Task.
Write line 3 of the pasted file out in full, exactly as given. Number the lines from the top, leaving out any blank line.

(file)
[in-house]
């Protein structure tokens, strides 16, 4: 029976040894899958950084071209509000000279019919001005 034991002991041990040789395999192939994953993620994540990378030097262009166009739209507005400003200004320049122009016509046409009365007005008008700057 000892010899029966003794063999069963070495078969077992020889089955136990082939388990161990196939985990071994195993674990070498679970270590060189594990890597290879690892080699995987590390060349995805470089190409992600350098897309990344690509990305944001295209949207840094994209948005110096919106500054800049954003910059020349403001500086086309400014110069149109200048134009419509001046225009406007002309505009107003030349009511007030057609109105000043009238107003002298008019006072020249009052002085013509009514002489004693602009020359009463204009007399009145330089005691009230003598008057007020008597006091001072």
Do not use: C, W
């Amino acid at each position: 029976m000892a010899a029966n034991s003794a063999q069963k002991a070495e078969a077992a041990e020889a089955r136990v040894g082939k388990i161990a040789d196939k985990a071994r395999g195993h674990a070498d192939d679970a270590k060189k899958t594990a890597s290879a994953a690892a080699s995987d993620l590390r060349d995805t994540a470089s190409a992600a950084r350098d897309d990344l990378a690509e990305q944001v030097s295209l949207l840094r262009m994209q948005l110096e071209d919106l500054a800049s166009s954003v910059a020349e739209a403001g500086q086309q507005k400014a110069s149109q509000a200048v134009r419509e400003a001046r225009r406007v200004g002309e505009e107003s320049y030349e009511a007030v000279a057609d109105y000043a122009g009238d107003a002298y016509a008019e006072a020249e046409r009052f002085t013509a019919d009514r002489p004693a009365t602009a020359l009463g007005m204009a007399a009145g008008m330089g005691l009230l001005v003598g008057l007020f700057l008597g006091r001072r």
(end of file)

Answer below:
Do not use: C, W